The gospel of Jesus Christ has the power to undeniably change a person’s life. In the Scripture, we find a dishonest, white-collar worker, Zacchaeus, who was changed the day he met the gospel in person, Jesus Christ. Rahab the harlot, in the Old Testament, was changed by the reports of the work that God did in Egypt. Today, the gospel has the same life-changing power as it did back then. The good news that we proclaim weekly from pulpits around the world is a gospel that can change every life, regardless of their depth of sin.
Below is a testimony I pray will inspire all regarding the life changing power of the gospel, and the next visitor on your pew!
By the age of 40, Rick had been arrested 44 times and faced a new sentence of 55 years. It was a lengthy history of serious drug abuse and violent crimes. The circuit court judge sitting at the bench declared Rick “a career criminal and a menace to society.”
“The judge was right,” Rick says in his testimony. “It was all about me and I didn’t care who I hurt.”
It was in 1997, while Rick waited in his dreary, gray concrete jail cell that he cried out to God. Rick had wasted his life and reflecting back he didn’t like what he saw. It was a life of addictions to cocaine, alcohol and partying with various illegal substances.
But God wasn’t absent all those years. At age 16, a friend hit Rick on the head with an aluminum baseball bat causing a fractured skull and brain damage. Rick’s right arm was paralyzed, and doctors had to use experimental surgery in attempt to save him. God guided the procedure and Rick survived. Rick knew the Lord was extending his hand of mercy.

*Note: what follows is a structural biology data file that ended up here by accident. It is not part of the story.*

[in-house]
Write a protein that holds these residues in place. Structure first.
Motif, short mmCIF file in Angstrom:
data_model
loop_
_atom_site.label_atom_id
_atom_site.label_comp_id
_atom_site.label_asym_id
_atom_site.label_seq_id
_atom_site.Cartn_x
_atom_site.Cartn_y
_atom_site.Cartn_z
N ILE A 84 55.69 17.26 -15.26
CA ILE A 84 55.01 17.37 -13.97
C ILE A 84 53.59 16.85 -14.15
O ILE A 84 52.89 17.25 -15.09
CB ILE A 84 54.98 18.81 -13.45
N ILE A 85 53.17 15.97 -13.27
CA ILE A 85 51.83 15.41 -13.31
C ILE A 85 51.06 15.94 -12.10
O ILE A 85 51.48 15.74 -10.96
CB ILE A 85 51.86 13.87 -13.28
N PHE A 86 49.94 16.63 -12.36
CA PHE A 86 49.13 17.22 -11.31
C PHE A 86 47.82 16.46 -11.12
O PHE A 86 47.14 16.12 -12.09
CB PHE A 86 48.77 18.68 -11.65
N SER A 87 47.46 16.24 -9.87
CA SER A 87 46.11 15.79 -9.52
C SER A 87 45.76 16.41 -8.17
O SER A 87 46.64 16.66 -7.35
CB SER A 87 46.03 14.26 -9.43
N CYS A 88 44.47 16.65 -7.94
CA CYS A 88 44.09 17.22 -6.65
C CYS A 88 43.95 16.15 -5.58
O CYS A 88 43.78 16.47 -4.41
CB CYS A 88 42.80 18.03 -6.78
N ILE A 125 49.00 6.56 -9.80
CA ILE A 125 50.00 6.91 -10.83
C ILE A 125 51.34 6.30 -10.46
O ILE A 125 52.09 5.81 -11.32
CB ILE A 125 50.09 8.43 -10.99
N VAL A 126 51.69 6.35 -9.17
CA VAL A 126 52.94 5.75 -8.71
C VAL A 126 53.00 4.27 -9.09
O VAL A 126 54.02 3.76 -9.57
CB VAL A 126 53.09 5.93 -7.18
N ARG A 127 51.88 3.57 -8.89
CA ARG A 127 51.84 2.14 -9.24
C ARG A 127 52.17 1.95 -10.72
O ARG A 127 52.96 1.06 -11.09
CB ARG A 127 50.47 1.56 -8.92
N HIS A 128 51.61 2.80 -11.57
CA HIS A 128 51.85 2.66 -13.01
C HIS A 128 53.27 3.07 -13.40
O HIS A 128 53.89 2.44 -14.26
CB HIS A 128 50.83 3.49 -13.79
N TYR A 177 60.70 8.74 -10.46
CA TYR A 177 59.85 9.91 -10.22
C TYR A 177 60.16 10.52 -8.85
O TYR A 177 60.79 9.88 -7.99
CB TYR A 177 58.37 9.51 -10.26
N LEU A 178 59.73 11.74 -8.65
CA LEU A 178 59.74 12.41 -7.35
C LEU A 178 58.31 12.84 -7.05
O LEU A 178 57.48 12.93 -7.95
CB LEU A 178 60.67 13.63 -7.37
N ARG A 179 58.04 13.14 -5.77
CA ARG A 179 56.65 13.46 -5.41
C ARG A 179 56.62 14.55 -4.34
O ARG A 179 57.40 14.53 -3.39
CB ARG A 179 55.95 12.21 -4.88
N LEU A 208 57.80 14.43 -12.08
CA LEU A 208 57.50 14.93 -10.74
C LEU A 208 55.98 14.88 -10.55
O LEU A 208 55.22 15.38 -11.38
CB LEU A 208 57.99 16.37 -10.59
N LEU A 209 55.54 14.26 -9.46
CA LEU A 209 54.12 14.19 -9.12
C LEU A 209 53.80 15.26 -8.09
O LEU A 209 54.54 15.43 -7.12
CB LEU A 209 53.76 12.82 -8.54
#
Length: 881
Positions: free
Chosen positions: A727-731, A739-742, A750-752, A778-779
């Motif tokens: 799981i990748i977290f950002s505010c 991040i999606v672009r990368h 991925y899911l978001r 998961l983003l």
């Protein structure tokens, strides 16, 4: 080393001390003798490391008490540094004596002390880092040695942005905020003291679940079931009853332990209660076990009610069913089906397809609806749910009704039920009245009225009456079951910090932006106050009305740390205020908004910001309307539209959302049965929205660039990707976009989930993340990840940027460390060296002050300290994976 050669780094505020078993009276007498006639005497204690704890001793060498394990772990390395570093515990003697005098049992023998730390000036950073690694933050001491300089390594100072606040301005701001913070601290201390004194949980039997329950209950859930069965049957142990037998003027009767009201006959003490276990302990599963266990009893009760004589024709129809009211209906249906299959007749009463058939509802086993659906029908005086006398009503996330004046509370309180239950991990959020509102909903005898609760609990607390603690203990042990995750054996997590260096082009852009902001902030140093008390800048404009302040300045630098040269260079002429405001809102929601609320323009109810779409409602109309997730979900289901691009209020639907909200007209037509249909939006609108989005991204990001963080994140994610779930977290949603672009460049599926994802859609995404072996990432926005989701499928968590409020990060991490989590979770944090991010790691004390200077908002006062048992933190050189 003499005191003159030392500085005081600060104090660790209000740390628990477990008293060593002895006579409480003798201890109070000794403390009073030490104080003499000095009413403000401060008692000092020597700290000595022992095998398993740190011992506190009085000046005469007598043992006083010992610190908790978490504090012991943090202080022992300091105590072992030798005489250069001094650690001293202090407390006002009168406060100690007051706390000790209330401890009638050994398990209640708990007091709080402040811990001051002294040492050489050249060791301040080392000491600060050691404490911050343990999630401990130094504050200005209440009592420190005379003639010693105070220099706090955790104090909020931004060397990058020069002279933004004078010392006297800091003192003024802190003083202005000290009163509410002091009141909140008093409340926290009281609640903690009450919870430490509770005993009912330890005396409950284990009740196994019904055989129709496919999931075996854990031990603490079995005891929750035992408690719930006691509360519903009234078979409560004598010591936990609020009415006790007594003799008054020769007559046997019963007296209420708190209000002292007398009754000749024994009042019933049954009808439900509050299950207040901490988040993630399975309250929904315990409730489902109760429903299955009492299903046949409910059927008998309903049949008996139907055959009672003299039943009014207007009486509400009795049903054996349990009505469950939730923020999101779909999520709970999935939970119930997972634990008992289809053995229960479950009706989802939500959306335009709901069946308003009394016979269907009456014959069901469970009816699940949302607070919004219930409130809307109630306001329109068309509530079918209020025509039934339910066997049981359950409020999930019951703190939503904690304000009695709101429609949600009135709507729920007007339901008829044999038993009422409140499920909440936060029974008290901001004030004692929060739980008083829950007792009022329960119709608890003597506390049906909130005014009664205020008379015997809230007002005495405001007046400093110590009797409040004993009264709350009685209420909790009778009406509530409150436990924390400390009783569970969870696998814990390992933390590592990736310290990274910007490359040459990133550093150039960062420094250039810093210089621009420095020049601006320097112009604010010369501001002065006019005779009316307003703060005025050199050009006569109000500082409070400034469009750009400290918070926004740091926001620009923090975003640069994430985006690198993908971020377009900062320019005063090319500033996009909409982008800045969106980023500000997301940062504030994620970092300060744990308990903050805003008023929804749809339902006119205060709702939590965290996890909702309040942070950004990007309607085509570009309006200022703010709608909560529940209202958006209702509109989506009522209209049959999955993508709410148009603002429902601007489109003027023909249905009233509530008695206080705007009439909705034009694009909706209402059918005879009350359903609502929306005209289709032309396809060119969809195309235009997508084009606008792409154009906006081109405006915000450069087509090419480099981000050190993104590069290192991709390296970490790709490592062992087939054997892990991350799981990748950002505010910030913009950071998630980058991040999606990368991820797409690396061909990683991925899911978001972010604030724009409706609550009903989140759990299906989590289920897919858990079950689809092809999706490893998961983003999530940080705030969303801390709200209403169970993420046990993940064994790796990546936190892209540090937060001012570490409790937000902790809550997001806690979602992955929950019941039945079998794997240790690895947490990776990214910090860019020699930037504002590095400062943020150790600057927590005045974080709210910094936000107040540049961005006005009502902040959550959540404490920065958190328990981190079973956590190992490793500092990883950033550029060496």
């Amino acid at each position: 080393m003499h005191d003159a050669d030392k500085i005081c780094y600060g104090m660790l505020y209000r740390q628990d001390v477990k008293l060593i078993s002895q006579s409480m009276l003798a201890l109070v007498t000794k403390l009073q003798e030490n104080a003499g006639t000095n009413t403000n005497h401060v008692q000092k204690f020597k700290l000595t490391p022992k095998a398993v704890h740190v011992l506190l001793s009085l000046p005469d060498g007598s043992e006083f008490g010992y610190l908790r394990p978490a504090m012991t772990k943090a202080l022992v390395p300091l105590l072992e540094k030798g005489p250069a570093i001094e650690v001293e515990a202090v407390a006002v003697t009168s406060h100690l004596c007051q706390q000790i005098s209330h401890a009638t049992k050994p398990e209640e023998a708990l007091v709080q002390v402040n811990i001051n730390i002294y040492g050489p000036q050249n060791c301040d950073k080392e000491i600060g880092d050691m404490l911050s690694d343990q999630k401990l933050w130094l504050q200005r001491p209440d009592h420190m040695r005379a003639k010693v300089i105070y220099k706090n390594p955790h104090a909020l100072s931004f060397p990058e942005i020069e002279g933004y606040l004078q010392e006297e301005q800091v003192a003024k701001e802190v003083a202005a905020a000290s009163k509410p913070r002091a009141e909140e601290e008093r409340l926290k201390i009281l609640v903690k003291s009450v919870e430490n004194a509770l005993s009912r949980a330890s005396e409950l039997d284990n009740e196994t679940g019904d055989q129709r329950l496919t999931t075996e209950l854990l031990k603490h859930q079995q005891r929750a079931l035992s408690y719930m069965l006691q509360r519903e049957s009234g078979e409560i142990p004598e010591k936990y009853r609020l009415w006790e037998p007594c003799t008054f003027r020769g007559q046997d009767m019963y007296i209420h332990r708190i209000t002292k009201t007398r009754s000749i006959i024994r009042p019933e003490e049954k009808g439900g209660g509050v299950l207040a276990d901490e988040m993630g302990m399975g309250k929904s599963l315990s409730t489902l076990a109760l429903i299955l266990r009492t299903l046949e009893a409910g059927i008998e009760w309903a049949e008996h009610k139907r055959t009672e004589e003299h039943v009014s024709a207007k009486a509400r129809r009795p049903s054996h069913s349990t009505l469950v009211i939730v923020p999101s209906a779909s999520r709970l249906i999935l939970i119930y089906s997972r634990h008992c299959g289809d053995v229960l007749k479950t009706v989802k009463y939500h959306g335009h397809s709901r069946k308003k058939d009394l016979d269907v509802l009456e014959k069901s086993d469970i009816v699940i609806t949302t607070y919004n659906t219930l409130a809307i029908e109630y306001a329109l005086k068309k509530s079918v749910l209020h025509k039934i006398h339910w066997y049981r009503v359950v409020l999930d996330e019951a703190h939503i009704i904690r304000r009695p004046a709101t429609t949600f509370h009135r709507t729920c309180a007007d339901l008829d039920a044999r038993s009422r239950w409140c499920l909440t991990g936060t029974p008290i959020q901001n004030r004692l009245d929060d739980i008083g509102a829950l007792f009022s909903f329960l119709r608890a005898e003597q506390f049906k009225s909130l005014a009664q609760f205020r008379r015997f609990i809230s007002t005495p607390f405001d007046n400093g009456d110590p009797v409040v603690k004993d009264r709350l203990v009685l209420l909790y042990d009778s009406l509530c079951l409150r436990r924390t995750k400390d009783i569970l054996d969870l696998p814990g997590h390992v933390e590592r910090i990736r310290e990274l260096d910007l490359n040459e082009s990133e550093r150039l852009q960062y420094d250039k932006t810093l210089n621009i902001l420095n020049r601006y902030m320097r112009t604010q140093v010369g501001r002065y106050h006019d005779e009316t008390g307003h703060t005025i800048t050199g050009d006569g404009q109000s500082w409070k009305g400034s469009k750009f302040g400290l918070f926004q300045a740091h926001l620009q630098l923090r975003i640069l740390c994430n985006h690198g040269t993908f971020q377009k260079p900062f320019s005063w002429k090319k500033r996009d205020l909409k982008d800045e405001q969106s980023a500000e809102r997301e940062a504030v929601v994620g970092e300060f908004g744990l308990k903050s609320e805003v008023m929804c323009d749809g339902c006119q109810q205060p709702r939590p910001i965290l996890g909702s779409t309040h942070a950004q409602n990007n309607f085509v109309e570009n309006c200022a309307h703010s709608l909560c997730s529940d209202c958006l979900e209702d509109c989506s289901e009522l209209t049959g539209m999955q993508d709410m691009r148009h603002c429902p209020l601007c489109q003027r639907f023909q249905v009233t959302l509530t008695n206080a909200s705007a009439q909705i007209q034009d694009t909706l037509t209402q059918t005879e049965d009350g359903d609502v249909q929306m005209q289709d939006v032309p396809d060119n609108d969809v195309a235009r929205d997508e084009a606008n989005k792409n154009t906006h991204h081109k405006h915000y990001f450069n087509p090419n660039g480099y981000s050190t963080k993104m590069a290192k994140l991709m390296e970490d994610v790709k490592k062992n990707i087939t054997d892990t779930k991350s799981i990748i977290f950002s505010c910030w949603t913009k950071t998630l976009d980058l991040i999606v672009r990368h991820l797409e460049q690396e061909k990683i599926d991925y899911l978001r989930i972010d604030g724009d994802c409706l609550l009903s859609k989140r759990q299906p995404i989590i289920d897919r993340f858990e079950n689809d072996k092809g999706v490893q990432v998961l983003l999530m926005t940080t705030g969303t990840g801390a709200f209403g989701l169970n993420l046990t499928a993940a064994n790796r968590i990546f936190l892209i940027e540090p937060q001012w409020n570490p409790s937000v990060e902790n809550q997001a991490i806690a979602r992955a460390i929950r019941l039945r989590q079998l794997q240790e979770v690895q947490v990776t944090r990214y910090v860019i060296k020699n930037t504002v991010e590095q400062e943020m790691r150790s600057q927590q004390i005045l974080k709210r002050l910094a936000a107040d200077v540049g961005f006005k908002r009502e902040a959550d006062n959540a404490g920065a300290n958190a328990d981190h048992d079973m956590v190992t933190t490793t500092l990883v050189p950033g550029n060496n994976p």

In a few days, the odds were that the judge would soon be saying, “55 years, and you are to be transported to the Reception Diagnostic Center of the Indiana Department of Correction to commence your sentence.”
The judge sent the case file over to the community corrections director for a last minute review to see if Rick would be considered for an alternative sentence. Rick’s lengthy history of violence made him ineligible for work release or home detention. More or less, the response would be “throw away the key.”
The door of hope for another chance at freedom was slammed shut. Now Rick anticipated the judicial hammer to fall for him to be locked away until retirement age. Instead, the judge ordered six years. He would serve three, receiving credit for time already served.
In 2000 Rick was released from prison and was told by a friend that he should visit Knightridge Pentecostal Church. It was on a Wednesday night, and Rick found the church midway through service.
“I remember that night as the 6’ 7”, 300-pound giant walked through the back door of the church,” said Pastor Tom Rhodes. “My bible had just been opened for the night’s sermon.”
The pastor recognized Rick and was concerned for the church safety. Pastor Rhodes has a secular position as the county’s community corrections director. Rick quietly sat down and soaked in the words being preached by the minister.
There was something special at that little country church. Rick became a regular visitor, and one night decided to be truly born again. Pastor Rhodes, with the assistance of two other men, baptized Rick in the water of an old horse tank.
Brother Rick Anderson has been filled with the Holy Ghost, called to the ministry and is gainfully employed in the community. He has received his general ministerial license from the Assemblies of the Lord Jesus Christ, serves as a church trustee, and drives the church bus.
“I used to hate all authority figures like judges, guards, and police,” said Bro. Anderson. “I am now thankful for them as I realize they were just trying to help me.”
“I’m a new creation – I’m a brand new man,” Rev. Rick Anderson now sings at the home church and during his weekly visits to the inmates of the local jail.
Rev. Rick Anderson with Pastor Tom Rhodes of Knightridge Pentecostal Church, Bloomington, Indiana. www.knightridge.com.